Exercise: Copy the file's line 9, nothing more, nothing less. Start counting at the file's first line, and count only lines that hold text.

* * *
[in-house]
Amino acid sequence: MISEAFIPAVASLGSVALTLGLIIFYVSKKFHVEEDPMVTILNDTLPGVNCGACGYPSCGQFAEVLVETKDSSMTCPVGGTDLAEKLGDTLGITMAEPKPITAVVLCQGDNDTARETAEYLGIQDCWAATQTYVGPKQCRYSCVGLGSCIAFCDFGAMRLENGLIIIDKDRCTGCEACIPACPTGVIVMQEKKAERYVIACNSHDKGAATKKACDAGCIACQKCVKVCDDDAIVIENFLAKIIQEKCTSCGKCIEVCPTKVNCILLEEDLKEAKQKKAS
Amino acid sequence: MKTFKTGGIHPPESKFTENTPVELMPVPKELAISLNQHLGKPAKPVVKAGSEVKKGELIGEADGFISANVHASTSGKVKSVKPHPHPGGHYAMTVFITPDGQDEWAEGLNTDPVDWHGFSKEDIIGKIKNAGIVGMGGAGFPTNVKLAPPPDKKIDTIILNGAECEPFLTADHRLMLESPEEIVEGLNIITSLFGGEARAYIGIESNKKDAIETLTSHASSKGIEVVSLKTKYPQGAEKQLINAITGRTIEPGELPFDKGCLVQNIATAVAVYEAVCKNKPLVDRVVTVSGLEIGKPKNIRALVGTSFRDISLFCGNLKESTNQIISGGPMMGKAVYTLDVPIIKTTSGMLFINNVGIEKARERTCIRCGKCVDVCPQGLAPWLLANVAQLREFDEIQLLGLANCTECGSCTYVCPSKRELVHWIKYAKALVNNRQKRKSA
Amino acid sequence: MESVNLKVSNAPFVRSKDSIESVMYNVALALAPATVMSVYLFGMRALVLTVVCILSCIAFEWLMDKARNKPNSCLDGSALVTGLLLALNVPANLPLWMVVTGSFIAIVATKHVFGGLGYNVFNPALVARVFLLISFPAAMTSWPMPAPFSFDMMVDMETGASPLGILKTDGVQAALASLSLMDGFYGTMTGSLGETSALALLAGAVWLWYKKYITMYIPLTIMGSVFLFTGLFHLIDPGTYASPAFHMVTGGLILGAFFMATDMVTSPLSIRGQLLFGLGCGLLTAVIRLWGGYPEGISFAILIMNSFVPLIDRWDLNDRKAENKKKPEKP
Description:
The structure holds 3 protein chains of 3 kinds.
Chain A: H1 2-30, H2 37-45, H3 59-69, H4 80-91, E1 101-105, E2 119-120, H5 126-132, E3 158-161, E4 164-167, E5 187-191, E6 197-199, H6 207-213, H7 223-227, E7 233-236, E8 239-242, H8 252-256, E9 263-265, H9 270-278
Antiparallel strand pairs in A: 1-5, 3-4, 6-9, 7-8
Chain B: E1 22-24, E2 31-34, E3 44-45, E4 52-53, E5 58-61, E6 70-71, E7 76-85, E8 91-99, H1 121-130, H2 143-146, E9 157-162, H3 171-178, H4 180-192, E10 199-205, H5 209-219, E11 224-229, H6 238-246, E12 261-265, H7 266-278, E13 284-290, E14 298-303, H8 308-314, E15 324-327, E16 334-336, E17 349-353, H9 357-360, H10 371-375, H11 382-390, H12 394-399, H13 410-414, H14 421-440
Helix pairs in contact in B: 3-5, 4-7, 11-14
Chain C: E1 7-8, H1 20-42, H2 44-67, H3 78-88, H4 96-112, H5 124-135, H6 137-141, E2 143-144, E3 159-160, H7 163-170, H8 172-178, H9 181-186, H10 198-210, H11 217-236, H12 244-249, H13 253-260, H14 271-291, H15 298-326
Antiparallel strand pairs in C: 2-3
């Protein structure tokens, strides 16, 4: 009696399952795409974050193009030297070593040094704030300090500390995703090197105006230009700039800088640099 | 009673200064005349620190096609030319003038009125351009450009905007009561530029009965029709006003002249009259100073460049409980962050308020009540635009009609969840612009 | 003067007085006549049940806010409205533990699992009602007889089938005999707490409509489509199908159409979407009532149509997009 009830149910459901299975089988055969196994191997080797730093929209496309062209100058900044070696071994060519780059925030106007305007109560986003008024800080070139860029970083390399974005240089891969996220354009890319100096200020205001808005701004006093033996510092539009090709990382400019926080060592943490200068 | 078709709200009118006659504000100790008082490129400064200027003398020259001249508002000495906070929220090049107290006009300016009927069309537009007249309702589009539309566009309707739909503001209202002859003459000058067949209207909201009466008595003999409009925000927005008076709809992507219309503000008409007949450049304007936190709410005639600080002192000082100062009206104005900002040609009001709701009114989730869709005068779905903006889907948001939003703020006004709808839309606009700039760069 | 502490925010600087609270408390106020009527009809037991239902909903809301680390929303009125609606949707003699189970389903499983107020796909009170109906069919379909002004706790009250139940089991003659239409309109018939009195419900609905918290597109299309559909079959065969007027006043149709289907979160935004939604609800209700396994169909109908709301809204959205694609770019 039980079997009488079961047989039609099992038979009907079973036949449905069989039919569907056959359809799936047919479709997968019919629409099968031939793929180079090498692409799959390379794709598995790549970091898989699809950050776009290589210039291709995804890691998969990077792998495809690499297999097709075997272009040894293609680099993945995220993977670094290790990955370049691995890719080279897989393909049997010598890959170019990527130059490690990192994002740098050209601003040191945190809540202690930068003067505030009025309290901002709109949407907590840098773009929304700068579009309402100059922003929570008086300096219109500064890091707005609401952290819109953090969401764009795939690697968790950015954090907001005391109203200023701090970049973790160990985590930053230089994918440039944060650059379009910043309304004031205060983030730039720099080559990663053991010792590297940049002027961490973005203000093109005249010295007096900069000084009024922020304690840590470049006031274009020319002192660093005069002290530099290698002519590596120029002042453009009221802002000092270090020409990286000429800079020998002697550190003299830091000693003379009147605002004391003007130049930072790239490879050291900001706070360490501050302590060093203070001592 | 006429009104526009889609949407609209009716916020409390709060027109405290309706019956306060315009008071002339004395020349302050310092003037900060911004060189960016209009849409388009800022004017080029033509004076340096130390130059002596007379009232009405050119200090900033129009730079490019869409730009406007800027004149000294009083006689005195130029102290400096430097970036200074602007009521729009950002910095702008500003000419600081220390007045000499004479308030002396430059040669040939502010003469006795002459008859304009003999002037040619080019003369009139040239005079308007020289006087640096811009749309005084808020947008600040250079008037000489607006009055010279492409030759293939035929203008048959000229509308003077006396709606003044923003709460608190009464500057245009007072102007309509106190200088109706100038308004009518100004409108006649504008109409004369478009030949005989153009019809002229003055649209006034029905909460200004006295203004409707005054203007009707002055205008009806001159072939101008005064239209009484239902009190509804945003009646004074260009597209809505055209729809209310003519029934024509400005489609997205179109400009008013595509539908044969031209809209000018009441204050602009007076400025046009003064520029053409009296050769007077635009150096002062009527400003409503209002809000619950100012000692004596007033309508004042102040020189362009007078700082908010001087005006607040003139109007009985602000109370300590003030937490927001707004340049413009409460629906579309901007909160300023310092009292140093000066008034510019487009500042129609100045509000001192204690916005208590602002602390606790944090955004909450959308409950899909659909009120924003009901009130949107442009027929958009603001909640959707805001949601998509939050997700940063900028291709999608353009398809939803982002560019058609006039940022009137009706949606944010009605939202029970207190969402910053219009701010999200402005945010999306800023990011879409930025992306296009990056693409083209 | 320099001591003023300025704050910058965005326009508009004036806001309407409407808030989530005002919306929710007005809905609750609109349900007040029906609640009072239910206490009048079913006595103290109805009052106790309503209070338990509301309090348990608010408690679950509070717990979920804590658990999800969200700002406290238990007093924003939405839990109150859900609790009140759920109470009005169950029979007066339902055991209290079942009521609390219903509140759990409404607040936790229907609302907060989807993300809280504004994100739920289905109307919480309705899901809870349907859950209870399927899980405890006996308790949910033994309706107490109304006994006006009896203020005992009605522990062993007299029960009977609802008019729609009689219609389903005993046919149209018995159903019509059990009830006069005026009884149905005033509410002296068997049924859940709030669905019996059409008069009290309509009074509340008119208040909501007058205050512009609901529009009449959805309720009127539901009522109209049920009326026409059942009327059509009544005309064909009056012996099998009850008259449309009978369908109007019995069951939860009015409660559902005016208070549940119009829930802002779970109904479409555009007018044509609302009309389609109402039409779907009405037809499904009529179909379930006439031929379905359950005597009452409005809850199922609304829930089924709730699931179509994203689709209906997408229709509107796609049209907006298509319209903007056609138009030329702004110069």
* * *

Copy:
Chain B: E1 22-24, E2 31-34, E3 44-45, E4 52-53, E5 58-61, E6 70-71, E7 76-85, E8 91-99, H1 121-130, H2 143-146, E9 157-162, H3 171-178, H4 180-192, E10 199-205, H5 209-219, E11 224-229, H6 238-246, E12 261-265, H7 266-278, E13 284-290, E14 298-303, H8 308-314, E15 324-327, E16 334-336, E17 349-353, H9 357-360, H10 371-375, H11 382-390, H12 394-399, H13 410-414, H14 421-440